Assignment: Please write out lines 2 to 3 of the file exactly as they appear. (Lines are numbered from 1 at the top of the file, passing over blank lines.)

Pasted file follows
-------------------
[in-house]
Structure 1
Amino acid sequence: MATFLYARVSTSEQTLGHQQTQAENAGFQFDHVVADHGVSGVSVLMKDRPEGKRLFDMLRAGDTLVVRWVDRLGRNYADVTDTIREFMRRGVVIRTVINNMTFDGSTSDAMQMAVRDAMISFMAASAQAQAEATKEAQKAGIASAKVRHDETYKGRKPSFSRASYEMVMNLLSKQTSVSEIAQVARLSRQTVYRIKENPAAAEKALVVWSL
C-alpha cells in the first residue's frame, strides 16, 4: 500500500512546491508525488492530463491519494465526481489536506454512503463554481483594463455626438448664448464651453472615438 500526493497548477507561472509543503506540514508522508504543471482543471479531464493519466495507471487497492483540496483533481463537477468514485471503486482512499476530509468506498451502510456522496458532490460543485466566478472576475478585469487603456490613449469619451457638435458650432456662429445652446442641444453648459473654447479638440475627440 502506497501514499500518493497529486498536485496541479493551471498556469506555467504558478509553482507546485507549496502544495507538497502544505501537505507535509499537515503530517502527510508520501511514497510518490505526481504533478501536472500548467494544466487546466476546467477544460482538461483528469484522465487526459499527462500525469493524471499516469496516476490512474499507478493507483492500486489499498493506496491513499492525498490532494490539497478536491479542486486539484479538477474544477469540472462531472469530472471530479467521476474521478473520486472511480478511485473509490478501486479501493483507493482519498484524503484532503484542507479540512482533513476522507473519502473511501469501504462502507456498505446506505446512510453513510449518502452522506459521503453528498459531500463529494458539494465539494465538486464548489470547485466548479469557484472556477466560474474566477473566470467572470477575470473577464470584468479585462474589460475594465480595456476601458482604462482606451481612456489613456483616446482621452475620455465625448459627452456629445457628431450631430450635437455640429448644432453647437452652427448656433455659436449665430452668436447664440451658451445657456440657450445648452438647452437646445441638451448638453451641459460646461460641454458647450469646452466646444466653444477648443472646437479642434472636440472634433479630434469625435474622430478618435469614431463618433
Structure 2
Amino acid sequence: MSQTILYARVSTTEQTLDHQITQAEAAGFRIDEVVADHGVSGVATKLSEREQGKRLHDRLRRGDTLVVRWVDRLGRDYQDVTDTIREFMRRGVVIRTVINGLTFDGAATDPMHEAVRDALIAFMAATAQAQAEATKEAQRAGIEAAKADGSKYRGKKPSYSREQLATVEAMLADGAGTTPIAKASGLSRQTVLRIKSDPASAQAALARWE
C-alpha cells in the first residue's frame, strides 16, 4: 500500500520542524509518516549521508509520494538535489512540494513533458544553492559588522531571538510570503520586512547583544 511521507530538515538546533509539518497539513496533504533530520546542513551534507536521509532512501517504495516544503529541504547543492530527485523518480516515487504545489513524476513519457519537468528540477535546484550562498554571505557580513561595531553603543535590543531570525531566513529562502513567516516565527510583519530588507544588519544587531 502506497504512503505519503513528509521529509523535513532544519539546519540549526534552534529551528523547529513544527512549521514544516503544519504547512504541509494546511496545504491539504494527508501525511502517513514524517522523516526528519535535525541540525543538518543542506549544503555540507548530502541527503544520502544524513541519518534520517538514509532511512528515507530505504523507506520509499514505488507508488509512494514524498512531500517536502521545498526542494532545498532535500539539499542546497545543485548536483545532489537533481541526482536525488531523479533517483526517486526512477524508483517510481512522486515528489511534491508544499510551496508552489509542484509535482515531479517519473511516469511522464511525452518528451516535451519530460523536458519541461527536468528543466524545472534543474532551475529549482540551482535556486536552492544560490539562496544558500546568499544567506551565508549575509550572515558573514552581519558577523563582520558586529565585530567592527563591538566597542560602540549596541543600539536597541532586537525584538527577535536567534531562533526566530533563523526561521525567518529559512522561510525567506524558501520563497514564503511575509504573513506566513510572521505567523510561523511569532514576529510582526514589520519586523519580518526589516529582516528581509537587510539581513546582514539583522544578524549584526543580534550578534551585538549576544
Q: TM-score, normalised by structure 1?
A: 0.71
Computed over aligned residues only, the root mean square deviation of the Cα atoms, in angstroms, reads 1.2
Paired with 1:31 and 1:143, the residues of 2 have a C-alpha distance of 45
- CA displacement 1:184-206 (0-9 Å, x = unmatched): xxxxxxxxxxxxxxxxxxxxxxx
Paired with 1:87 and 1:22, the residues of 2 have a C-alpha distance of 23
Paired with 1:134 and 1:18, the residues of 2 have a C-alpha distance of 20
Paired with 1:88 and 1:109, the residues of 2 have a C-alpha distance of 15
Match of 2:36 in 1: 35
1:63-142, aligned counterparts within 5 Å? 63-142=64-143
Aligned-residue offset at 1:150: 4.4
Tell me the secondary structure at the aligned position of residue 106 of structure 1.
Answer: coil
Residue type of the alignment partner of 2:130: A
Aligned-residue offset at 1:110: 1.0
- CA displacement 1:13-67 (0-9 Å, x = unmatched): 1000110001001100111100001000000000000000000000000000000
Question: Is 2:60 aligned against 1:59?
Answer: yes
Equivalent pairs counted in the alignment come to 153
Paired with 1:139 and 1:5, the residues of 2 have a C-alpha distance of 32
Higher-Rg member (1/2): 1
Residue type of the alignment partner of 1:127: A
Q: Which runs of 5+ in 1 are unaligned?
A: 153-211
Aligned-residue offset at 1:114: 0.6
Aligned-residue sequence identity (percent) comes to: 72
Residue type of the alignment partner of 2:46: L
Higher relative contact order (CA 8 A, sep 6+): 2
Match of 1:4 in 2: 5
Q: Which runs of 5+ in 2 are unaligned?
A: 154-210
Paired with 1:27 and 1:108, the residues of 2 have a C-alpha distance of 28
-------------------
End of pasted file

Structure 1
Amino acid sequence: MATFLYARVSTSEQTLGHQQTQAENAGFQFDHVVADHGVSGVSVLMKDRPEGKRLFDMLRAGDTLVVRWVDRLGRNYADVTDTIREFMRRGVVIRTVINNMTFDGSTSDAMQMAVRDAMISFMAASAQAQAEATKEAQKAGIASAKVRHDETYKGRKPSFSRASYEMVMNLLSKQTSVSEIAQVARLSRQTVYRIKENPAAAEKALVVWSL